You can also combine a farmer’s walk and a waiter’s walk by putting a heavy weight in one hand at your side and a lighter weight hoisted overhead in a waiter’s carry. This is a great one for simultaneously developing work capacity and postural integrity.

Example of a Farmer’s and Waiter’s Combinations

Rickshaw/Trap Bar

The Rickshaw is a specialized piece of equipment somewhat similar to a trap bar. We got ours from EliteFts. It is built with fat grip handles and can hold as much weight as you want to throw on it. The fat grip handles provide the main benefit over the standard trap bar.

The performance points here are the same as the farmer’s walk.

Craig performing a Carry with a RickShaw/Trap Bar

Safety Squat Bar

This is another specialized piece of gear and it’s invaluable. We got it from EliteFts as well, although I’ve seen quality ones from several manufacturers.

The main, and substantial, advantage to the SS bar is that its cambered design and yoke allows the weight to be carried further forward than with a standard straight bar, which positions the weight directly over the spine and allows for perfect postural alignment under load. The yoke also allows you to drop your hands from the bar and is fantastic for people limited by shoulder or t-spine mobility issues or injuries.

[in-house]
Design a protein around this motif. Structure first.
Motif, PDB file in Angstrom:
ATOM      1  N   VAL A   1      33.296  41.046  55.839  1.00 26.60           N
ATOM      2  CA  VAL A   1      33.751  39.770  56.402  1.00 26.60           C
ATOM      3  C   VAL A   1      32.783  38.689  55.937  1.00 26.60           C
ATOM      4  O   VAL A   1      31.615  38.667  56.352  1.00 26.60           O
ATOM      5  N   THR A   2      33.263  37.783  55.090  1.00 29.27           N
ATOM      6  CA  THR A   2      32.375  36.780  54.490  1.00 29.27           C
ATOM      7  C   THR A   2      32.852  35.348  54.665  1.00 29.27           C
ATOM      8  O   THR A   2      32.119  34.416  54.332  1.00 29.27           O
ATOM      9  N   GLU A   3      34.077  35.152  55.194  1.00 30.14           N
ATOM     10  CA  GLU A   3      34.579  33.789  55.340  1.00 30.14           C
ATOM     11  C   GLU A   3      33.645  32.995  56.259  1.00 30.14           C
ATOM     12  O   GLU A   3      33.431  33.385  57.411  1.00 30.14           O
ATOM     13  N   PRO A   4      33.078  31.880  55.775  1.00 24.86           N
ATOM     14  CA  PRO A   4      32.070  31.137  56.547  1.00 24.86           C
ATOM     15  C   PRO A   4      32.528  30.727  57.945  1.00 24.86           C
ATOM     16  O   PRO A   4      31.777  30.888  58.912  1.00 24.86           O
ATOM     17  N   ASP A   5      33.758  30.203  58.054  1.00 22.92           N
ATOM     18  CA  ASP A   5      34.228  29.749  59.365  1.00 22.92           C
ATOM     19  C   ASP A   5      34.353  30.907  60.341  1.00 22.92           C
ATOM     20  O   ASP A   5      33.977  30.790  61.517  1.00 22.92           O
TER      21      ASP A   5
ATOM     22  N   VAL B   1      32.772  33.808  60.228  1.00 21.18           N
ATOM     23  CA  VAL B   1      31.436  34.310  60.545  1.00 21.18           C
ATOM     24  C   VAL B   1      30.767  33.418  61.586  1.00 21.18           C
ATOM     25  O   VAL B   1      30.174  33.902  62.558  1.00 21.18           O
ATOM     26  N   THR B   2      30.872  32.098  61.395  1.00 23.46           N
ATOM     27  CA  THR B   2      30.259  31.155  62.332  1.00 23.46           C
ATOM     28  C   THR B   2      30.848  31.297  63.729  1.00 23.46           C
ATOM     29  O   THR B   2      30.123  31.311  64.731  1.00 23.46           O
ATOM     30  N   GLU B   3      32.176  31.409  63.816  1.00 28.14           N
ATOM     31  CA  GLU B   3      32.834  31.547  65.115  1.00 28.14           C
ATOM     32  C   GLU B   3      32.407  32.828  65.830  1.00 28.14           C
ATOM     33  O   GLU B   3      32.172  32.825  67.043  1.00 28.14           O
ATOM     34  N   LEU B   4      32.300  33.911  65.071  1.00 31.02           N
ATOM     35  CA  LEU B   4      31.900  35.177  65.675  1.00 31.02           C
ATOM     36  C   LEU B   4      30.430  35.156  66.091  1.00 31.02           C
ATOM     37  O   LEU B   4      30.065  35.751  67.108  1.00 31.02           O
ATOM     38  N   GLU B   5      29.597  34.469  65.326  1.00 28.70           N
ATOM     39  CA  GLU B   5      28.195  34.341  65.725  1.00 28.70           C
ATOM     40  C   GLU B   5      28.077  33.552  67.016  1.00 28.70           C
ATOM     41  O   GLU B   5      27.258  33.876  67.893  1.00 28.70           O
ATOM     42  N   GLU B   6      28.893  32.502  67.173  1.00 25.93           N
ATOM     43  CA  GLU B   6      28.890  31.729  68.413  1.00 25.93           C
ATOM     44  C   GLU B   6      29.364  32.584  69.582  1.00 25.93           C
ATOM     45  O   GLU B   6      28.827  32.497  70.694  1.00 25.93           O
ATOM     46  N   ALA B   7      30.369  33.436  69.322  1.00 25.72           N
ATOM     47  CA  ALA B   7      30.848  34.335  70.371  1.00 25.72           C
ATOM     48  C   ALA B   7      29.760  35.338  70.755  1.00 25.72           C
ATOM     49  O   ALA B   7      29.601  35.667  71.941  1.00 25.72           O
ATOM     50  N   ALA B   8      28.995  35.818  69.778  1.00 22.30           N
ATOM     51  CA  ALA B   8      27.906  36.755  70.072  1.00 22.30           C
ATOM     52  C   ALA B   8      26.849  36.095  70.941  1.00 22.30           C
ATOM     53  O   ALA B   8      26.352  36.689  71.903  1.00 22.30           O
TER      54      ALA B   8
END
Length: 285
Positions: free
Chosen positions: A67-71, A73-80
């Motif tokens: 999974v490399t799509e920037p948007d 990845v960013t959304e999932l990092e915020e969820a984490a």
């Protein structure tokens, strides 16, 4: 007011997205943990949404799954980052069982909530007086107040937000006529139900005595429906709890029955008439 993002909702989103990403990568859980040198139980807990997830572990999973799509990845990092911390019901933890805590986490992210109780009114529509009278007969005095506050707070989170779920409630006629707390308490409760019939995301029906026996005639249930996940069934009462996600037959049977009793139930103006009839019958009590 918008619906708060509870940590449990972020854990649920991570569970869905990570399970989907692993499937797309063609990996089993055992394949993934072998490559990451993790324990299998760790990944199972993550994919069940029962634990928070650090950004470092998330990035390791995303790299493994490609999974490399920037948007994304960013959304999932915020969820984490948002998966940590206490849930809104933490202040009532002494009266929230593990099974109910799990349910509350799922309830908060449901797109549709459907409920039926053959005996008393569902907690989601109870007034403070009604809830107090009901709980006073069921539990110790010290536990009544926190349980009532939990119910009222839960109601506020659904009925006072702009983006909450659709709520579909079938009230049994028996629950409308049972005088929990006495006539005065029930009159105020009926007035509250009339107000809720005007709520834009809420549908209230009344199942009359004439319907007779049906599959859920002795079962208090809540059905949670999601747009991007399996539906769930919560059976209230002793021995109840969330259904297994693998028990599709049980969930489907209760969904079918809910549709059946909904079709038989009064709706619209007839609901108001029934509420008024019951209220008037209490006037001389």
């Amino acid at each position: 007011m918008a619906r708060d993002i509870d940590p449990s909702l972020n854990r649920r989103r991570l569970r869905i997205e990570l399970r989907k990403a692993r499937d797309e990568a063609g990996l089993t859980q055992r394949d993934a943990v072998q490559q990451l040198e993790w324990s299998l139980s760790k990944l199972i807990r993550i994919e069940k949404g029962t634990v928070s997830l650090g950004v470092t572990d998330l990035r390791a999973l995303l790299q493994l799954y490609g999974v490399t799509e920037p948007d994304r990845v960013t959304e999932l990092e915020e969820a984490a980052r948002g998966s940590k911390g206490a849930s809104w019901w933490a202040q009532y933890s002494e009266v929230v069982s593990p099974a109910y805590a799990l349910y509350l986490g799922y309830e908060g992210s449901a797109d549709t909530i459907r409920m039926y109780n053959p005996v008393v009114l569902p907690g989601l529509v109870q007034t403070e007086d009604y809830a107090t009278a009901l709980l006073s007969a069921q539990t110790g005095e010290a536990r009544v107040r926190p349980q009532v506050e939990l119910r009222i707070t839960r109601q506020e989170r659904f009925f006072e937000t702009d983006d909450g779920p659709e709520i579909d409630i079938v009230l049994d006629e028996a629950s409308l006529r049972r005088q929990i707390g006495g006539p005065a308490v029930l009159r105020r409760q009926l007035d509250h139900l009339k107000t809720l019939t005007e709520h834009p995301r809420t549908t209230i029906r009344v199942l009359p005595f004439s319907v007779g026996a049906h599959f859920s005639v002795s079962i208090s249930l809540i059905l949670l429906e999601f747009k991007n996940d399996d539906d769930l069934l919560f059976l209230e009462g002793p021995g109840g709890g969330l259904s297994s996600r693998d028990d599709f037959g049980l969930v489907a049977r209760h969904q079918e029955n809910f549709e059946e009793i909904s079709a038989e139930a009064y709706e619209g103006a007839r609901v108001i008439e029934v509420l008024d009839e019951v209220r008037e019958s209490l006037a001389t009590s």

This one is going to be tough to use inside the confines of the gym and you definitely don’t want to drop it, so have two spotters with you in order to hoist it up onto your shoulders.

Straight Bar Overhead Carry

This is a movement we used quite a bit on deployments in the military when other equipment was extremely limited. Like the other overhead carries, it’s incredibly demanding and will exploit any postural weaknesses, so pay close attention to your performance points. Do not allow your chest to cave, lower back to arch into hyperextension, or shoulders to drift forward, and do make sure your scaps are locked down and back.

Bumper plates are great to have here, as you can just snatch the weight overhead and carry it as far as you can before dumping it to the ground for a rest.

Underwater Rock Carry

This is one move that you’re not going to be pulling off in a commercial gym or any public facility where you’re not sleeping with the lifeguard because it scares the hell out of people and probably violates all sorts of insurance mandates.

If, however, you have an open expanse of ocean with a sandy bottom and a desire to develop anaerobic capacity, comfort under stress (the prospect of drowning is one of those things that tends to raise the heart rate and perturb even normally stoic individuals), and have some fun, it’s a great workout.